What most people "see" of Cannon is the five trails dropping to the road, but that's far from the whole place.

 

Some guy by the name of Bode Miller grew up skiing there...

 

There are a bunch of other ski areas in those mountains.  Loon is a bit to the south.  Most of the White Mountain ski areas are nearer to the Maine side though (Attitash, Wildcat, Black Mountain, Cranmore).

 

A lot of the mountains in New Hampshire get skied; you just have to hike for your turns on many of them.  Mt. Washington's Tuckerman Ravine is the most famous spot, but far from the only one.

post #9 of 16

you can see mountain washington easily from 91 near saint johnsbury......

post #10 of 16
Quote:
Originally Posted by Josh Matta View Post

you can see mountain washington easily from 91 near saint johnsbury......

 

I guess it makes sense that the line of sight works from there.  Does Mt. Washington look like much from St. Johnsbury or is it just a smudge on the horizon at that point?

 

If the OP was "near the border", then he was probably near St. Johnsbury...  Lafayette and Cannon are a good 30+ miles south at that point.

post #11 of 16

If he's driving from Boston to Quebec, he would be on 93, which dead ends at St Johnsbury and becomes 91.

 

That would be Franconia range he went right by, the mountain comes up straight from the road. 

 

Kevin was right. 

 

Actually, I'd be curious as to how much longer Wildcat will still be open. I might be going up to the southern Whites the next 2 weekends for a day of white water each. Could easily skip over to the Cat for a bit of spring skiing, provided they continue to spin their lifts.  

post #12 of 16

The Presidential Range is very easily visible from the stretch of 91 in the NEK just above the merge with 93. If you take Route 2 from Montpelier across to St J, it stares you directly in the face for miles. However, if you are traveling North on 93 or 91, both highways angle northwest, which is away from the Pres. Range, so it wouldn't be directly in your face, but it would be easily visible if you're looking for it. 

 

I think the virtues of Mt Washington and Tuckerman's Ravine have been seriously understated. Tuckerman's is legendary for the blindingly massive amount of snow it gets, and how long it lingers in the springtime. Tuckerman's is a glacial circque, and due to its orientation and the extreme winds that hit Mt. Washington (Mt Washington is the windiest place on earth), Tuckerman's get's a huge amount of snow... think about 50+ feet in the base of the ravine at the height of the season. That, and the 45-50 degree lines that come off the headwall make Tuckerman's the most popular backcountry skiing spot in the country. (For you Westerners, can you name a single spot that gets more visits than Tucks? didn't think so).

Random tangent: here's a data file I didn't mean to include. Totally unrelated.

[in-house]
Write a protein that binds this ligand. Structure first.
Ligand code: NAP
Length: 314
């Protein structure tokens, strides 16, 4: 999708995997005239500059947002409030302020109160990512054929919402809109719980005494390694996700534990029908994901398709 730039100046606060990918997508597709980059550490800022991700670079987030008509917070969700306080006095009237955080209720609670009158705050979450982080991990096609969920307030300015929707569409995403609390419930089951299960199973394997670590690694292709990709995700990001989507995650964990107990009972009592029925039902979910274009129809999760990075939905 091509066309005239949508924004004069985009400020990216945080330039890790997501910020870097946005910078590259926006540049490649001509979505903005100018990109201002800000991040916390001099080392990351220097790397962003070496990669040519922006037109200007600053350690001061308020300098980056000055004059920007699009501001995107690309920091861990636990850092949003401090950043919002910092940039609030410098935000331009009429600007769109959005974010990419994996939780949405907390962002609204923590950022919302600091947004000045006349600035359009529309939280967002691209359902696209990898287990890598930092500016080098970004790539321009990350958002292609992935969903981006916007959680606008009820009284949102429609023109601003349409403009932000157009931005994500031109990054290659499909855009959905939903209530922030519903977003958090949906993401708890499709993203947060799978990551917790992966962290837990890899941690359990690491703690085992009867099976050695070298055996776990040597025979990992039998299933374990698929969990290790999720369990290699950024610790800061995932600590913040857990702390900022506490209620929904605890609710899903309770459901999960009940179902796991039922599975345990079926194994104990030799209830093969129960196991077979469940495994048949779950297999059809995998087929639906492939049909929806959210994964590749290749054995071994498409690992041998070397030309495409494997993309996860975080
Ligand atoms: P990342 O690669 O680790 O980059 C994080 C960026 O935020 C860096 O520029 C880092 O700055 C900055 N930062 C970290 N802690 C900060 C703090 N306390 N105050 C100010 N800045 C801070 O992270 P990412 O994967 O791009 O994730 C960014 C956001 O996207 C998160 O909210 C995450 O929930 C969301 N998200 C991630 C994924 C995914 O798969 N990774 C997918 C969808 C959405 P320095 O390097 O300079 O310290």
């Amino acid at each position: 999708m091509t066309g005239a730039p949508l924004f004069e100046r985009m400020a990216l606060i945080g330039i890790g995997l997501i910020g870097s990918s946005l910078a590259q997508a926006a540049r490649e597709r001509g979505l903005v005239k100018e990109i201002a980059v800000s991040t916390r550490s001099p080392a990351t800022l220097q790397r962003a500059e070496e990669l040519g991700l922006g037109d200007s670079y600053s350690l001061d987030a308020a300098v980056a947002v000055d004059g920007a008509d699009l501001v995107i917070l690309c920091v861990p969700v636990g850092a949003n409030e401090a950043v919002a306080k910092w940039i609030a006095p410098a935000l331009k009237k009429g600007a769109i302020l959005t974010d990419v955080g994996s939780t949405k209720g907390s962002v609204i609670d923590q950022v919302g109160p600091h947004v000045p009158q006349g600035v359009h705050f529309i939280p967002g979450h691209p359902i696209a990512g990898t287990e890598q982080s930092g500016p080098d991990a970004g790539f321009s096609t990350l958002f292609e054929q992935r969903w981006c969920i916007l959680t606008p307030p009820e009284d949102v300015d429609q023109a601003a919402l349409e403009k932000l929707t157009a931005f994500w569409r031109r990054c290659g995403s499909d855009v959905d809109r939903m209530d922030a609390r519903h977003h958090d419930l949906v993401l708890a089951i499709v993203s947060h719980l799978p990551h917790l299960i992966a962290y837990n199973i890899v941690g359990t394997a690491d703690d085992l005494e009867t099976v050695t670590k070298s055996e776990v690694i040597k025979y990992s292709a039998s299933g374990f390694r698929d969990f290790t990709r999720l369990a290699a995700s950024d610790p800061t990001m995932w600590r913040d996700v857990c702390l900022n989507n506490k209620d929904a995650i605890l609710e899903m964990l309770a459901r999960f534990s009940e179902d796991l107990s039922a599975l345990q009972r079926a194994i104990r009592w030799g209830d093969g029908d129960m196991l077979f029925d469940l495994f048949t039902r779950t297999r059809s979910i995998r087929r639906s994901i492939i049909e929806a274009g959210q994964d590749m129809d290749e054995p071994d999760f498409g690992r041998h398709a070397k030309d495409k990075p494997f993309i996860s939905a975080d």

Due to the massive amount of snow Tuck's gets, people typically don't even start skiing it until March, since the avalanche danger is too high midwinter. April and May are the best times to ski Tucks, and its routine to be able to ski Tuck's until the Fourth of July.

post #13 of 16
Thread Starter 
Quote:
Originally Posted by freeski919 View Post
Due to the massive amount of snow Tuck's gets, people typically don't even start skiing it until March, since the avalanche danger is too high midwinter.

Because March onwards melts some of the layers making it bond better?

post #14 of 16
Freeskier I think loveland pass over the course of the year probably gets more people than tucks....
post #15 of 16
Quote:
Originally Posted by GordonFreeman View Post

Because March onwards melts some of the layers making it bond better?

Most people would find winter conditions wretched, not that there aren't some great days. Think high winds, cold, snow that may be ice, crust, wind slab. By early Spring snow in the Ravine itself is frozen into a very solid mass with maybe some new snow on top. Usually it is not until warmer Spring weather appears that the underlying frozen mass produces some wonderful corn snow on the surface. Often rain actually helps by stripping away the mush that tends to accumulate.

 

Here's a link to the current summit conditions:

http://www.mountwashington.org/weather/conditions.php

post #16 of 16

Re: Tuckerman's Ravine (see above); here is a link to the avalanche center for current conditions:

http://www.mountwashingtonavalanchecenter.org/